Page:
A NY Times editorial on Thursday (April 16) reported the status of journalist Roxana Saberi, imprisoned in Iran. The editorial board failed to mention the efforts of Secretary of State Hillary Clinton on Saberi’s behalf noted earlier in The Women on the Web. The board also appeared clueless regarding Secretary Clinton’s enlistment of Bill Richardson’s assistance on the case: Richardson negotiated with Mohammad Khazaee, the Iranian ambassador to the United Nations, to allow Saberi's parents to travel to Iran to see their daughter.
From the Women on the Web:
Tehran’s prosecutor claims Saberi, 31, accepted all the charges against her, but other reports say she hasn’t even seen them. The exact charges should be announced Saturday, and she could go on trial in Iran’s Revolutionary Court as early as next week. All this worries not only Saberi’s family, who say they’re staying in Iran until she’s free, but also Hillary Clinton. The secretary of state — who also this week said it "makes sense" to start negotiations with Iran on its nuclear capabilities — called on Tehran once again to release the freelancer. The Swiss government has been working to get information on Saberi’s case to the U.S.
"We are deeply concerned by the news that we are hearing," Clinton said after a diplomatic meeting in Washington. "I will, as will the rest of the (State) Department, continue to follow this very closely and we wish for her speedy release and return to her family."
The NY Times editorial reports:
There is nothing resembling justice in Iran’s prosecution of Roxana Saberi. The government’s accusations against Ms. Saberi, a journalist with dual American-Iranian citizenship, have fluctuated wildly — culminating only last week with charges that she spied for the United States government. Her one-day trial this week was held in secret, and state officials have not revealed any evidence against her.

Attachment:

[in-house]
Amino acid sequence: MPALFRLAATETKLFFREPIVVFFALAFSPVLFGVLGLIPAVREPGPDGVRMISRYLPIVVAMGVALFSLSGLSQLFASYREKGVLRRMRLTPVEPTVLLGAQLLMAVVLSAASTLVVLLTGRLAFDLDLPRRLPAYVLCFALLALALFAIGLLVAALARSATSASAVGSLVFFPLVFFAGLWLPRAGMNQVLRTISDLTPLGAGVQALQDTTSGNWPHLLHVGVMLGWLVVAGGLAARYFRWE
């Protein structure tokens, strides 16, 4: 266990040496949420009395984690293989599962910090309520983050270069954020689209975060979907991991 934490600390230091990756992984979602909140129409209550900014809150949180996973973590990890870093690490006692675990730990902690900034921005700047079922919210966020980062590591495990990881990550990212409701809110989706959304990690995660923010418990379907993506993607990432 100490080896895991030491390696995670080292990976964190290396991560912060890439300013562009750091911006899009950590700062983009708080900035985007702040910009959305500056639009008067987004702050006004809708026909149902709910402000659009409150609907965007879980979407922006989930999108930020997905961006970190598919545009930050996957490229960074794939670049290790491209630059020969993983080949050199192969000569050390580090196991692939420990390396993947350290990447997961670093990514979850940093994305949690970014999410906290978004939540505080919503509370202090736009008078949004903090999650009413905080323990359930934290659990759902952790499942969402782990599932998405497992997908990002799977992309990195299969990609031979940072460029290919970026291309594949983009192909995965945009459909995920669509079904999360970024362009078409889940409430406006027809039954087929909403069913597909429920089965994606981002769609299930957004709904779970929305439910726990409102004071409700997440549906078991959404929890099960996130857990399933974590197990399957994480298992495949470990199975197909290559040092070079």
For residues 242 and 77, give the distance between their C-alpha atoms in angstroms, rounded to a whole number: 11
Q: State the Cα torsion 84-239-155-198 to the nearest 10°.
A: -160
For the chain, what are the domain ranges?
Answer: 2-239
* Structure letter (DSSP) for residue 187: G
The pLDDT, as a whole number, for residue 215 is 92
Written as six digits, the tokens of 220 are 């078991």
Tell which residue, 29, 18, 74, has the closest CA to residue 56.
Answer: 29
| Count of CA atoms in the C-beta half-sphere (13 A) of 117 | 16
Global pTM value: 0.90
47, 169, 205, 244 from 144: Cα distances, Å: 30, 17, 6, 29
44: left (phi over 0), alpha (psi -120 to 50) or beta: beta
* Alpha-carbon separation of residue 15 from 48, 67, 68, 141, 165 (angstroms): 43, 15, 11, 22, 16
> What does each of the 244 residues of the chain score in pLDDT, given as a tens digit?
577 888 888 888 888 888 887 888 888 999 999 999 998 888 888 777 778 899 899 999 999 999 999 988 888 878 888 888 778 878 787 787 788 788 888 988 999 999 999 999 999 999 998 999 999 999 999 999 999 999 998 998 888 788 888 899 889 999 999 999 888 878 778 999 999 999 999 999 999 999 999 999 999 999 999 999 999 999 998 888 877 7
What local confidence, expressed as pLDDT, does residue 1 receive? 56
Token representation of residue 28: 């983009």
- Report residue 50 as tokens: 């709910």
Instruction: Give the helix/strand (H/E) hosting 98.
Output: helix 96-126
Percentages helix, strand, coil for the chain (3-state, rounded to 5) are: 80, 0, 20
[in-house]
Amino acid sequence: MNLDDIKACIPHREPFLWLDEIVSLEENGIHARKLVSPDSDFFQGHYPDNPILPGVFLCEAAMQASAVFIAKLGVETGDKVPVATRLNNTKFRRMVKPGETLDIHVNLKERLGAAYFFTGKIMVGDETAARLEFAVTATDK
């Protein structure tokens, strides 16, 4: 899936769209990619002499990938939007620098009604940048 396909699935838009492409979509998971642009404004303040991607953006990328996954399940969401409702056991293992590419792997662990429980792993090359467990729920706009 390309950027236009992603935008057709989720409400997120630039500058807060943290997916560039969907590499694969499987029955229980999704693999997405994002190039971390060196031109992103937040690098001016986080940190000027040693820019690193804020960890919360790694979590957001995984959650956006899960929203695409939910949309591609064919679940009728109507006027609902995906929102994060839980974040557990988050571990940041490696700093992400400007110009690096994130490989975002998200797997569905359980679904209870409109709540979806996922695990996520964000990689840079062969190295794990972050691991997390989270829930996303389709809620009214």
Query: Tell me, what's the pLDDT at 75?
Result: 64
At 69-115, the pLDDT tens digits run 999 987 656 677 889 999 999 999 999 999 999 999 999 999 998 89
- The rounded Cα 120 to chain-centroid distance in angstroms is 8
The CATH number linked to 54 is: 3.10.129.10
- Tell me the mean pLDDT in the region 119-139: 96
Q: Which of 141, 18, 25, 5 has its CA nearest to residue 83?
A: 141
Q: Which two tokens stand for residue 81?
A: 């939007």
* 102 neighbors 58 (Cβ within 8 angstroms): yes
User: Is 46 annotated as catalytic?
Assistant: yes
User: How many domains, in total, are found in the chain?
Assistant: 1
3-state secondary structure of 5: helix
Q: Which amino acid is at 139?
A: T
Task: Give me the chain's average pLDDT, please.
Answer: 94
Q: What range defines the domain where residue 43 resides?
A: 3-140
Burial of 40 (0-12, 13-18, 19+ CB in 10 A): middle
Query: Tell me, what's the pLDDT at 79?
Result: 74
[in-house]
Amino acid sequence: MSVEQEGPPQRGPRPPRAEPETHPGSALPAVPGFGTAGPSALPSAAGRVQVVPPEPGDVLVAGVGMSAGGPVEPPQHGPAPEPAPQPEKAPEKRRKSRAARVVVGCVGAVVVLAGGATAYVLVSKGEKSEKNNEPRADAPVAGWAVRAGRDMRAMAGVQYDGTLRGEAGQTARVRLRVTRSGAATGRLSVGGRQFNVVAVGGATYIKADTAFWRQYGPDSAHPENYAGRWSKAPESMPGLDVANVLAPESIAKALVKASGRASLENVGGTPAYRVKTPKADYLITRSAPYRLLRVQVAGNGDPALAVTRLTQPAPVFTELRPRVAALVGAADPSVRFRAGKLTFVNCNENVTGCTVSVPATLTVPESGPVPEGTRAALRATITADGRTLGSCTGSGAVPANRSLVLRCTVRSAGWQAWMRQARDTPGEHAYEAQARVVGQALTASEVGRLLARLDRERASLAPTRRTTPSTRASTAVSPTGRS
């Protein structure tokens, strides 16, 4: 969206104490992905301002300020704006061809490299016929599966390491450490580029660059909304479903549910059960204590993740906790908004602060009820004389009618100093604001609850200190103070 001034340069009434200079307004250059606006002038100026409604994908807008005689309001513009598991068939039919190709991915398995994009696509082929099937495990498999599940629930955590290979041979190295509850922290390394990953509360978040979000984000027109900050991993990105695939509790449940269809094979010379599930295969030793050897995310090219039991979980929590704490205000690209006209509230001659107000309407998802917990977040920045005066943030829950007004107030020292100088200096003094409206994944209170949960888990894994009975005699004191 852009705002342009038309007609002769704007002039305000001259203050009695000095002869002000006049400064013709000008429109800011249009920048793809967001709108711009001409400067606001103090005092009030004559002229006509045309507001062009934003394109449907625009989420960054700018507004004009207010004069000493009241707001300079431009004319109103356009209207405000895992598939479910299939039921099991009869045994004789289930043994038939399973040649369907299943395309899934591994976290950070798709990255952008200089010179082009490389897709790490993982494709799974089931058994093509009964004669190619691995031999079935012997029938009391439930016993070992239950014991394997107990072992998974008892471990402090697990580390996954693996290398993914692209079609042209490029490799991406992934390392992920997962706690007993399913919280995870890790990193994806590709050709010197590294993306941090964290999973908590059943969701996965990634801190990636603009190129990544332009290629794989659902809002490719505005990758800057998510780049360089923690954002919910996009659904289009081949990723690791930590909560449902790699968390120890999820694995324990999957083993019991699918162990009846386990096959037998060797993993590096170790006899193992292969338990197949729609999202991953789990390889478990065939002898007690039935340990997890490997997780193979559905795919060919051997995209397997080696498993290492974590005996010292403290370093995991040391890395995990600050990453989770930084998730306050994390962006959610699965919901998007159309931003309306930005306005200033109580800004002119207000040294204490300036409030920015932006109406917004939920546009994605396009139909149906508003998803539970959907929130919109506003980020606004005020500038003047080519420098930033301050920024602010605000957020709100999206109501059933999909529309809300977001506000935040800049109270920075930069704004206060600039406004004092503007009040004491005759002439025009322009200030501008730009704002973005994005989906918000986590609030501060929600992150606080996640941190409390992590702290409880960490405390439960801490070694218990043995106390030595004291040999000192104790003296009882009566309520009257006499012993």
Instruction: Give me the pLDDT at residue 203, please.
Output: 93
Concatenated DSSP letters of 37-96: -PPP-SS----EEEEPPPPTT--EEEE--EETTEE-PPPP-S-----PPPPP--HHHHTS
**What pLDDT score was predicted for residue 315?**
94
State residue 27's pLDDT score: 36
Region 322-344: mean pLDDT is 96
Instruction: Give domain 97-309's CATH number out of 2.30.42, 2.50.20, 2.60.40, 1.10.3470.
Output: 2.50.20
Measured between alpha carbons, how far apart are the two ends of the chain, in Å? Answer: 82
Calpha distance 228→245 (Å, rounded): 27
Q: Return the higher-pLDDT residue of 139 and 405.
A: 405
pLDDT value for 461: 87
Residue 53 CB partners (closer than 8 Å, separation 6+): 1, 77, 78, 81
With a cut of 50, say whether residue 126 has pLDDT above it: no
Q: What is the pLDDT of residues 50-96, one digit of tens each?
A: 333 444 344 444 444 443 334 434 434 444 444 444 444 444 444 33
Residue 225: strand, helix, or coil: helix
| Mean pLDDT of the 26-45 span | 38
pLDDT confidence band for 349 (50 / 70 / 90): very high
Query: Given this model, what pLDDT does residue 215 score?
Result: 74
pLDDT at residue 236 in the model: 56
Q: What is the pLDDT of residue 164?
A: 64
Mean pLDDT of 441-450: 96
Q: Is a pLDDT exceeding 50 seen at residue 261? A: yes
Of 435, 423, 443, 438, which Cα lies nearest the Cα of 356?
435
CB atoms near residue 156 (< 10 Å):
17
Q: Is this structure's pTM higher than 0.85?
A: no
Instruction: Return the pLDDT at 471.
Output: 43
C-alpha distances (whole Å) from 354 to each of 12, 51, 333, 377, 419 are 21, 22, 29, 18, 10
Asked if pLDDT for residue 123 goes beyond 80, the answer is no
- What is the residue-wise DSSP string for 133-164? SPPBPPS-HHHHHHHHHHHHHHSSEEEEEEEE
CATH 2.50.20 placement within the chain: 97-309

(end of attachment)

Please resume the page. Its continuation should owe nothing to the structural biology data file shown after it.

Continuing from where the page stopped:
Iran’s government needs to release Ms. Saberi and end this dangerous farce.
Ms. Saberi, whose father was born in Iran, grew up in North Dakota. She moved to Iran six years ago and worked as a freelance reporter, including for National Public Radio and the British Broadcasting Corporation, while also pursuing a master’s degree in Iranian studies.
When she was arrested in January, Ms. Saberi was first accused of buying wine (illegal in Iran but hardly meriting imprisonment) and then of working without press credentials. While the government revoked those credentials three years ago, it tolerated her filing of news stories for months afterward, according to NPR.
On March 6, in comments that seemed to suggest the case had been resolved, an Iranian prosecutor told the Iranian Student News Agency that Ms. Saberi would be released from custody “in the next few days.”
Then last week, the government suddenly charged Ms. Saberi with espionage.
Even a Time’s reader was aware of developments one might have expected the editorial to include:
Apparently, Secretary Clinton has enlisted the help of Governor Bill Richardson and he was able to negotiate a visit with her by her parents just before the trial. If he can employ his diplomatic skills to extract her from this peril, it will be a true miracle.